"grgheytf jifjfmmmmmnble  mmmbnbnnbmmle hrrhhrmmmle bbbnmmmmglelll" (I didn't write it down that night, but, I'm pretty sure this is exactly what he said)
Then another short atonal attempt at something loosely related to a song, after which she said, rather pointedly,
"Umm, hey...if you guys want to enjoy the "party" atmosphere here, maybe you could go out onto the smoking deck...because where we come from, which is Olympia, Washington in the U.S.,people come to listen to bands to hear the music. Oh...and if some of you got here before they started charging cover at the door, maybe you could go up and pay now...."
I'm not kidding or exaggerating about that. It's fucking verbatim (except that I'm leaving out the name of the bar).

As charmed as we weren't by her arrogant, pedantic demeanour, we politely golf-clapped...hoping to at least avoid another uncalled for lecture on bar protocol. We may be a small town, but we know how to listen to music in a bar....
This pattern continued for another twenty minutes, he mumbles, they strum, we look baffled, she lectures us....At midnight they appeared to take a break. Which was, frankly, a relief. I headed back to the bar for another beer and overheard the manager telling them,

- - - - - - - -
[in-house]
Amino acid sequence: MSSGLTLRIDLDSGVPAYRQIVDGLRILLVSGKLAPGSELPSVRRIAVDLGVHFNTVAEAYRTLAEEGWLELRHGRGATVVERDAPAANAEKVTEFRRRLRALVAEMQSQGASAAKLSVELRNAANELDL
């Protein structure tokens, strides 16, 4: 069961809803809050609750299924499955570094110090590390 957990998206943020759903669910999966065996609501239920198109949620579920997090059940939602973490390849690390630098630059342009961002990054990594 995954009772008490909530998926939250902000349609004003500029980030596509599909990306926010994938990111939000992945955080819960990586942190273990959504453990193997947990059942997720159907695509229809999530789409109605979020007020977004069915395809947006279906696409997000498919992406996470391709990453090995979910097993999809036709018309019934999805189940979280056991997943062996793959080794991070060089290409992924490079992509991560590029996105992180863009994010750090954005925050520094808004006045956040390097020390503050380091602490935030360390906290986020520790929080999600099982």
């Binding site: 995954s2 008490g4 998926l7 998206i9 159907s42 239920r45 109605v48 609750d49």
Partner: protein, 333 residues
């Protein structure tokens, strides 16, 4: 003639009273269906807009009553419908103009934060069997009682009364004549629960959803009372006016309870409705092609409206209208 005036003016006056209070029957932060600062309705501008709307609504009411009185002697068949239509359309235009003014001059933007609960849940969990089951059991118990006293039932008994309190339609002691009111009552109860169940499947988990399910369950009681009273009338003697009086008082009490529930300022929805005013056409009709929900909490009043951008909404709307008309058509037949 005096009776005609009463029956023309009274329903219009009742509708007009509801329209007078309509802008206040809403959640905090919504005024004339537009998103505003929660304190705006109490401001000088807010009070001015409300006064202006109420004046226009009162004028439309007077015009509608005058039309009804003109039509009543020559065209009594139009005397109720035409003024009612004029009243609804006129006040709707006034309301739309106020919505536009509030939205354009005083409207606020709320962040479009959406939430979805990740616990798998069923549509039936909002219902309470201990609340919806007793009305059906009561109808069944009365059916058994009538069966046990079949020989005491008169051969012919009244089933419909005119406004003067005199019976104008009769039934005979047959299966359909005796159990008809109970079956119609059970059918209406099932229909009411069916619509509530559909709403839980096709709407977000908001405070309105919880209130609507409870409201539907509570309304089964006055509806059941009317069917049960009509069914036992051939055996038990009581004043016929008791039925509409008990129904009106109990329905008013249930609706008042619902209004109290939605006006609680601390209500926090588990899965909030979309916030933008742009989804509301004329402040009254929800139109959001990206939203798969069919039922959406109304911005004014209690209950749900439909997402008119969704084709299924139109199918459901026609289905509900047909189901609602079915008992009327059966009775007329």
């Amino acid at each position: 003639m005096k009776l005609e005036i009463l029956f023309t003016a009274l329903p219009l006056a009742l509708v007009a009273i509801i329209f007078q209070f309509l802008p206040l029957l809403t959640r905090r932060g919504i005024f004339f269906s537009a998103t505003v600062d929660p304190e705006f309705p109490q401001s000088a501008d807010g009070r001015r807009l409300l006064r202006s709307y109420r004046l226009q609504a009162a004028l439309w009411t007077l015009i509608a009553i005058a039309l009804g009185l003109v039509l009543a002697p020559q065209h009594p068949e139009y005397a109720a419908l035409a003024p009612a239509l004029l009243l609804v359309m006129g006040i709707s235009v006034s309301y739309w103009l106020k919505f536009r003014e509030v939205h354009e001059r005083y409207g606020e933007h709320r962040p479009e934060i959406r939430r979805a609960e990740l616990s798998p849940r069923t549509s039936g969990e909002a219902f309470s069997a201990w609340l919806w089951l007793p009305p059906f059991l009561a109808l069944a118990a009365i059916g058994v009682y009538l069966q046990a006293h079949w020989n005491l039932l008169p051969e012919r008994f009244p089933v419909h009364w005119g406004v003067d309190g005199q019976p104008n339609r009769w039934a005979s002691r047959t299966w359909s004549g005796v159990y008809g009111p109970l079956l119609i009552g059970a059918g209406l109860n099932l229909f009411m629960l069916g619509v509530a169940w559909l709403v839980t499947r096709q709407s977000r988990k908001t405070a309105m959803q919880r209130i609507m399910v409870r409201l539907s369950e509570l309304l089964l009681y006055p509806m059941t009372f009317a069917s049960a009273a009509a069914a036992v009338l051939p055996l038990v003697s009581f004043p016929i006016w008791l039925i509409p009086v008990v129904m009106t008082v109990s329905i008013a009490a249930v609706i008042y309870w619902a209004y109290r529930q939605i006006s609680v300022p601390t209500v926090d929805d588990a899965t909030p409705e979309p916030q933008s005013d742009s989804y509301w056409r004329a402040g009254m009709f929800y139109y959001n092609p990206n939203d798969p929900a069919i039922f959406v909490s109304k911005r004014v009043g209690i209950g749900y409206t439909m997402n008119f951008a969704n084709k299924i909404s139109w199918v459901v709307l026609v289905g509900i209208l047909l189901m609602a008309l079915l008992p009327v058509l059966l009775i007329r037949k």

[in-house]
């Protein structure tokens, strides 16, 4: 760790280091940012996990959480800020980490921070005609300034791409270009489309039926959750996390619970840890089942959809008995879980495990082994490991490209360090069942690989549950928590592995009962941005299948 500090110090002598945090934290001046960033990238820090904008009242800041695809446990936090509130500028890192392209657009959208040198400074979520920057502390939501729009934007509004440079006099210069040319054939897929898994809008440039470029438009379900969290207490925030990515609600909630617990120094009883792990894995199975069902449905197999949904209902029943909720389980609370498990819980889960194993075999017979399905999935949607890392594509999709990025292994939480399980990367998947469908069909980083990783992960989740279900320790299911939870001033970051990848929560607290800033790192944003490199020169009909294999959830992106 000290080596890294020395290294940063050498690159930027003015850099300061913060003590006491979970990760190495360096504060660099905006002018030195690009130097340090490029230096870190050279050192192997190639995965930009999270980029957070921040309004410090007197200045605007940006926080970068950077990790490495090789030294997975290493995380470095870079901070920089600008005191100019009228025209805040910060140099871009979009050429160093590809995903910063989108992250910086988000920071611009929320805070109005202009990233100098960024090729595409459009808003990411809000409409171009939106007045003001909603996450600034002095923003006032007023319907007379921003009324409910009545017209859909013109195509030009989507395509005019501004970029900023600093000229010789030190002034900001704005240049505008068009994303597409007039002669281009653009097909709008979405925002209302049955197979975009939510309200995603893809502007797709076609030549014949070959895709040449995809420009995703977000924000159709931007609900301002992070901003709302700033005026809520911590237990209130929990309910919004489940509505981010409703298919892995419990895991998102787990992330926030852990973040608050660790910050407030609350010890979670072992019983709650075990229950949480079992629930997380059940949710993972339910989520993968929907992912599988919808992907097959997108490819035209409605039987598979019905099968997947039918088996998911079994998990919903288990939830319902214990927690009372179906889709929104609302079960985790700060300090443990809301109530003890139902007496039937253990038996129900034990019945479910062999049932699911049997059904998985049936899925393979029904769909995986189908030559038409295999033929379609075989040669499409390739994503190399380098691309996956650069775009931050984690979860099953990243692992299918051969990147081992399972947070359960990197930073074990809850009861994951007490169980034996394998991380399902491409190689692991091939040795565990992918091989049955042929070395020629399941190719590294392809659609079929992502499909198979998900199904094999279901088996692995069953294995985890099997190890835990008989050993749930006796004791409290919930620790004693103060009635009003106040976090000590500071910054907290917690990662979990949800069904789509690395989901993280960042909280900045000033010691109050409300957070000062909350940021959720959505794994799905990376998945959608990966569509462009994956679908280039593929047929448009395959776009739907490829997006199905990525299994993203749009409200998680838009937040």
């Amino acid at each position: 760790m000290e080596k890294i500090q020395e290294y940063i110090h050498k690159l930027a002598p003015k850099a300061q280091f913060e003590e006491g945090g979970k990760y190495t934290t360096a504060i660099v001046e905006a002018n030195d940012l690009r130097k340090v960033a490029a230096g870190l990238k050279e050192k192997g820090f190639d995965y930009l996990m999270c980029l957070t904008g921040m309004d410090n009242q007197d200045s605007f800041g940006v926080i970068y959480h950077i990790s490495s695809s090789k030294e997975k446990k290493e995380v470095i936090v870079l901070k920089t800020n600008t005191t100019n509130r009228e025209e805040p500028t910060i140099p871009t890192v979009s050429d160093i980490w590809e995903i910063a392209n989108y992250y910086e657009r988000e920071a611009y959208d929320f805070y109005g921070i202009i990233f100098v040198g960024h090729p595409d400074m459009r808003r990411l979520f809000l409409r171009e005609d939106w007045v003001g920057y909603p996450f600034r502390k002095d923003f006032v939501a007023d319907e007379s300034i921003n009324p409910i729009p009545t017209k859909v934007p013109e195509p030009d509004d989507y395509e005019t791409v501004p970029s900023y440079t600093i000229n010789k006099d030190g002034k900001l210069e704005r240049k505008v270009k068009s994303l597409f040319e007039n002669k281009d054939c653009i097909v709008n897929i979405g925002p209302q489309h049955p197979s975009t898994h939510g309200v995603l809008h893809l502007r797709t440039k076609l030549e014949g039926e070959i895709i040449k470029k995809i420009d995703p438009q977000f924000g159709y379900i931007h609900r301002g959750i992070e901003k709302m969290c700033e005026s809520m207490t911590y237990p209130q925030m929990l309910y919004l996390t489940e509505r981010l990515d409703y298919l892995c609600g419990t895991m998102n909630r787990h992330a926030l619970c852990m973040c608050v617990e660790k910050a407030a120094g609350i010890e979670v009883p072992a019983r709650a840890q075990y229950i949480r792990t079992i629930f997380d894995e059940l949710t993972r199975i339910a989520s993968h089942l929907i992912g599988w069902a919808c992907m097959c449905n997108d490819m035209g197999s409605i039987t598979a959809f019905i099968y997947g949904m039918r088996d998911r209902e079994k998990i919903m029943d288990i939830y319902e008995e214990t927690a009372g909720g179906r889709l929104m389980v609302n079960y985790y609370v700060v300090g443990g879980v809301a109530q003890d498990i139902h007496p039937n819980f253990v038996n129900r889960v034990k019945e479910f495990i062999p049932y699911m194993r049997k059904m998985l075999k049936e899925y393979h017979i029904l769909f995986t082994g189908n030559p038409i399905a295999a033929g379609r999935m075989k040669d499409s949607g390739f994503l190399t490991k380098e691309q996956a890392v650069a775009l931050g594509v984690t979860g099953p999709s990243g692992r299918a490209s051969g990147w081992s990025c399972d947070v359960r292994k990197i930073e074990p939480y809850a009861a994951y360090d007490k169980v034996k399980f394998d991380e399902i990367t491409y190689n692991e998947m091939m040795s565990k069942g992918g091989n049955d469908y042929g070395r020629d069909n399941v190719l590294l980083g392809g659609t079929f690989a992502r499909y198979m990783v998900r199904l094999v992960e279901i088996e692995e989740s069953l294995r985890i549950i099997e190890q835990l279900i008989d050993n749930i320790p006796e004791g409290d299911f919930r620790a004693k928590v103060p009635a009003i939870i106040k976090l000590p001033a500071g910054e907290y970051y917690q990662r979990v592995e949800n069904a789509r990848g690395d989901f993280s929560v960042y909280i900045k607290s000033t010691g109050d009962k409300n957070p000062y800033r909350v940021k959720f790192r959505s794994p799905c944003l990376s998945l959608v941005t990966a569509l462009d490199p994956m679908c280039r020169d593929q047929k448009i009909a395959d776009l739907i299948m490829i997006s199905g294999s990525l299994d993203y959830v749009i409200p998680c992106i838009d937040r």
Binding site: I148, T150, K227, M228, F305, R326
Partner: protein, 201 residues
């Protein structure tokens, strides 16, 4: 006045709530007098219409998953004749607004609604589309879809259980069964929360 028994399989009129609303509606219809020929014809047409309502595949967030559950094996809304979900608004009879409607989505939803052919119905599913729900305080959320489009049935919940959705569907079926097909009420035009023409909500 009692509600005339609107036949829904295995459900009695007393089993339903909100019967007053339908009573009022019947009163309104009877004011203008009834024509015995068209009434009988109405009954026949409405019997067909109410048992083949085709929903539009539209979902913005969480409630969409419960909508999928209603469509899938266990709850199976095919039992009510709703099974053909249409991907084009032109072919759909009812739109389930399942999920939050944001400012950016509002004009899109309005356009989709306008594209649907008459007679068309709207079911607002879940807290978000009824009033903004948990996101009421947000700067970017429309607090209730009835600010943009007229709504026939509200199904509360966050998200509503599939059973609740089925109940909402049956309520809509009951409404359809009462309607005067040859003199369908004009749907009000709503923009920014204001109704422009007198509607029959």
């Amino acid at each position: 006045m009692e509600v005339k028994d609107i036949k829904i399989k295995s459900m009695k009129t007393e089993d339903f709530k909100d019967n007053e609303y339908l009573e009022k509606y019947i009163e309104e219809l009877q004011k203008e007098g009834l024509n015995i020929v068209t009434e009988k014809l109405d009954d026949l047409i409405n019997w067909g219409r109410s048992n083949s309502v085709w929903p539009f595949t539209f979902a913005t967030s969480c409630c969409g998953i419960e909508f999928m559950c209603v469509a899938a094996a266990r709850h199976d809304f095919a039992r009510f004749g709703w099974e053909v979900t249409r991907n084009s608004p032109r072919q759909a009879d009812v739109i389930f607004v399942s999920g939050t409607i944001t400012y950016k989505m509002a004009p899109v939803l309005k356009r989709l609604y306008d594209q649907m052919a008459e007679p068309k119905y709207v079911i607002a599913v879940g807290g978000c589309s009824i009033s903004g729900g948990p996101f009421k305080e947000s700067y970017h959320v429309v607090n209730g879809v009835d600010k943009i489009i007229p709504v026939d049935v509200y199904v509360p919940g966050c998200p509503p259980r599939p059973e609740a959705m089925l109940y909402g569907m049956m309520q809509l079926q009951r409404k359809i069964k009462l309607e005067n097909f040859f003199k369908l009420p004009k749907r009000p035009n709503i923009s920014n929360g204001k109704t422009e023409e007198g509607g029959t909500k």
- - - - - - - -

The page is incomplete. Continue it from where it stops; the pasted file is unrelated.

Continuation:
"No. If you want to get paid for this gig you have to play at least one more set, preferably a full one."

At this point they both looked visibly confused and the male half of the band went to cry in the bathroom. She fumed and walked around for ten minutes. After this "intermission", he went up onstage first and went behind his guitar amp where he immediately nodded off. (...and I do mean "nodded". The dude was clearly strung out on smack...) She pulled a chair up onto the stage, sat down and said, rather huffily, "Well, I guess we hav to play some more, but, can I just say something? Where we come from, which is Olympia, Washington in the U.S., people like to listen to the band and they show their appreciation by clapping after..."
(I couldn't take it any more...) I yelled, "We know what we're doing. DO YOU?"
A good friend of mine at the table wondered aloud, "What? Do they only play libraries?"